Easy JavaScript Unit Test Integration

At my current client I’ve been building a rather complex rich client app using ExtJs. The team has written a lot of JavaScript code, and has been writing a lot of JavaScript unit tests as well.

We’ve gone through several unit testing tools along the way trying to solve some logistical problems. We started with JSUnit, added Selenium, switched from JSUnitt to envjs, and are now using a hybrid approach I’ll describe in detail.

Some of the issues we wanted to address with our testing tools were:

  • How easy is it to run the tests?
  • How easy is it to debug the tests?
  • How easy is it to integrate the tests into our existing continuous integration environment

Most of the tools we used easily met the first two logistical issues, but the last one was not as simple.

The following describes an approach that meets all of the above list (after the jump).

Here is a very simple JavaScript object to test and illustrate the example:

  1. var swineFluIndicator = {
  2.   hasSwineFlu: function(sample) {
  3.     return !!sample.oink ? true : false;
  4.   }
  5. };

If the sample has a property “oink”, the sample is infected with swine flu. Simple.

To test our code in development, we used the Screw.Unit test framework.

We went with Screw.Unit for several reasons:

  • Simple to implement- It’s just a JavaScript library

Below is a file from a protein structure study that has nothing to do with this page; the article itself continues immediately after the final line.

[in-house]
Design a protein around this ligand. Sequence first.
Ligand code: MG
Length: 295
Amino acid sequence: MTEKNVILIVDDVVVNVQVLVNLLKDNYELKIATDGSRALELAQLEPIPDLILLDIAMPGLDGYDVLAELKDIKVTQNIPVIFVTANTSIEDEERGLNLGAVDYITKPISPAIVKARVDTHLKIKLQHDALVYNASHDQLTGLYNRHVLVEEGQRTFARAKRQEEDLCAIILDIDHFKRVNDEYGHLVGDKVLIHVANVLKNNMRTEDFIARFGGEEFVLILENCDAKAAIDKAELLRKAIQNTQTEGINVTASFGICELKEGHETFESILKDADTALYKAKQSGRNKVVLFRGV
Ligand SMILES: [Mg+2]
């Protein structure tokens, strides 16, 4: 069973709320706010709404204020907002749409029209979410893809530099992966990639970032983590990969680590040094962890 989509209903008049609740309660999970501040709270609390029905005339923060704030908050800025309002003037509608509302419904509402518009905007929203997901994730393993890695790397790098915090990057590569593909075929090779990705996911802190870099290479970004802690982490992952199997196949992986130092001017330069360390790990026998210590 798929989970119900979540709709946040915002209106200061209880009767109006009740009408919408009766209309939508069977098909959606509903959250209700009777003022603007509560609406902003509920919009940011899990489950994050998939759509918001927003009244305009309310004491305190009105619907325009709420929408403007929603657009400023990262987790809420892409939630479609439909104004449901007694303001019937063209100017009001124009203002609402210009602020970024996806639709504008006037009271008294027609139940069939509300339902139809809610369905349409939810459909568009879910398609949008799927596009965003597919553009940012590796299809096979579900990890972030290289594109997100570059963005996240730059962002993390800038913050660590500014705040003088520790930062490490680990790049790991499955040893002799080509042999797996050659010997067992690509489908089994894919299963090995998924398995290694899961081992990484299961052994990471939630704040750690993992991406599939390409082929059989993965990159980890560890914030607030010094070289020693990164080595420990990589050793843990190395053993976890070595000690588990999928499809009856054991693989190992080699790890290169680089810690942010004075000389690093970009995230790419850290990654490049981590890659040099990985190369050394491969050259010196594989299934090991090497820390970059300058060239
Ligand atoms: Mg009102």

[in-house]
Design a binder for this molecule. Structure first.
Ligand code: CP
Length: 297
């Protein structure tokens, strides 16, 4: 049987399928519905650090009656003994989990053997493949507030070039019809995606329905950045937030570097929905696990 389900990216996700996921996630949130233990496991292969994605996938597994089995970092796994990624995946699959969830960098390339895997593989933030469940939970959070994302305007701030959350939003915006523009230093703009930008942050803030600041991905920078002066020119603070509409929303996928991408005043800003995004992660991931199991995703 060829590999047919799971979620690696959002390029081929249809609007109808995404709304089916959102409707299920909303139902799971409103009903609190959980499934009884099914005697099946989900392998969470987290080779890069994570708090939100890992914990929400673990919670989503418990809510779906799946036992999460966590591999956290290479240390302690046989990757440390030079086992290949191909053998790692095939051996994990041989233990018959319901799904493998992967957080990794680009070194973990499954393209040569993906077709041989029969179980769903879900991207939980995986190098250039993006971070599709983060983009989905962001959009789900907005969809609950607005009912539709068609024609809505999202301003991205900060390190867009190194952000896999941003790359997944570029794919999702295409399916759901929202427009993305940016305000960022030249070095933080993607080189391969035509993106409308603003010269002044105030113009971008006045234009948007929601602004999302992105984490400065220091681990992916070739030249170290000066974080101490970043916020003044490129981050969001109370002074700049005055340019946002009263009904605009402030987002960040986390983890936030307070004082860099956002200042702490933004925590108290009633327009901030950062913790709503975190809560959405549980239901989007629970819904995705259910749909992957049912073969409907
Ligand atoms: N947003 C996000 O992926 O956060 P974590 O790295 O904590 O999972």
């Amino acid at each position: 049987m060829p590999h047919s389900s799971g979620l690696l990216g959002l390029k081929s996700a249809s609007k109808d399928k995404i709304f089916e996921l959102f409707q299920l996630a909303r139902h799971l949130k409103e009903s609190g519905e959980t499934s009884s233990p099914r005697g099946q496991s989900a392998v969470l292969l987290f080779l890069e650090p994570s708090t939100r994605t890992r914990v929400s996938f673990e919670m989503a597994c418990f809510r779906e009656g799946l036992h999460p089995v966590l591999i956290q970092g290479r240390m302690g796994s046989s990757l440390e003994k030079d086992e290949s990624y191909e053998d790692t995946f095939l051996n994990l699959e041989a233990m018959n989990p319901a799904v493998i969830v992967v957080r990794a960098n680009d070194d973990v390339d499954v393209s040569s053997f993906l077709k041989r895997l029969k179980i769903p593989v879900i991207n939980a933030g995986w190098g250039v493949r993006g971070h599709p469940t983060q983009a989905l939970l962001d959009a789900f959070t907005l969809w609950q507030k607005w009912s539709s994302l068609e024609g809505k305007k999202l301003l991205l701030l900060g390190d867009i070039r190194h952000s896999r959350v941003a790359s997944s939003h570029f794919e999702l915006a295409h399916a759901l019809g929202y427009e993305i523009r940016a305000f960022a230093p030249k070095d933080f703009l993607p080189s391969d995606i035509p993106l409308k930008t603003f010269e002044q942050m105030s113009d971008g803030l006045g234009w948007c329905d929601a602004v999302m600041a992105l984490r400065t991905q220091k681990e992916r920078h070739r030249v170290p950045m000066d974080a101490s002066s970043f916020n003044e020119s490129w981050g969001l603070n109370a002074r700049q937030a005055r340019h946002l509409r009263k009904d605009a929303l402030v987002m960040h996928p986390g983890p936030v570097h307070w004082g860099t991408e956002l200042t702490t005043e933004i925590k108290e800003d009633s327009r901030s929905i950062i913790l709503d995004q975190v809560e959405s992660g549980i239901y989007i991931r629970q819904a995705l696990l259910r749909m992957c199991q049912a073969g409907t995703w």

• It generates a simple DOM output, which makes integration easy – I’ll demonstrate later.
  • It’s easy to customize, and the framework does not pollute the global namespace at all.
  • It’s simple to run and debug.

Here is an example Screw.Unit test of the sample code:

  1. Screw.Unit(function() {
  2.   describe("test whether a given sample has swine flu", function() {
  3.    it("clean sample", function() {
  4.      var swineFluIndicator  = new SwineFluIndicator();
  5.      var testSample = {
  6.        value : '123'
  7.      };
  8.       expect(swineFluIndicator.hasSwineFlu(testSample)).to(be_false);
  9.     });
  10.   });
  11. });

Screw.Unit tests are executed in the browser (so debugging with Firebug is easy, and produce a very simple DOM that’s simple to read:
Screw.Unit Runner

Writing JavaScript unit tests is pretty easy; now it’s time to integrate them. HtmlUnit have released 2 new versions in 2009 so far that offer unprecedented DOM support via Rhino. With HtmlUnit, our test consists of rendering the page and interpreting the simple DOM results.

Set up the clients and load the page:

  1. WebClient firefoxClient = new WebClient(BrowserVersion.FIREFOX_2);
  2. WebClient ieClient = new WebClient(BrowserVersion.INTERNET_EXPLORER_6);
  3.  
  4. firefoxClient.setThrowExceptionOnScriptError(true);
  5. ieClient.setThrowExceptionOnScriptError(true);
  6. HtmlPage htmlPage = (HtmlPage) client.getPage(testFile.toURL());

and provide a means of interpreting the page results:

  1. protected void interpretTestResults(final HtmlPage htmlPage) {
  2.         String header = "";
  3.         String heading = "";
  4.         String paragraph = "";
  5.         // returns a list of tests
  6.         List testDivs = (List) htmlPage
  7.             .getByXPath("//*[contains(@class,'describe focused')]");
  8.  
  9.         for (HtmlListItem htmlListItem : testDivs) {
  10.             List heading1List = (List) htmlListItem.getByXPath("./h1");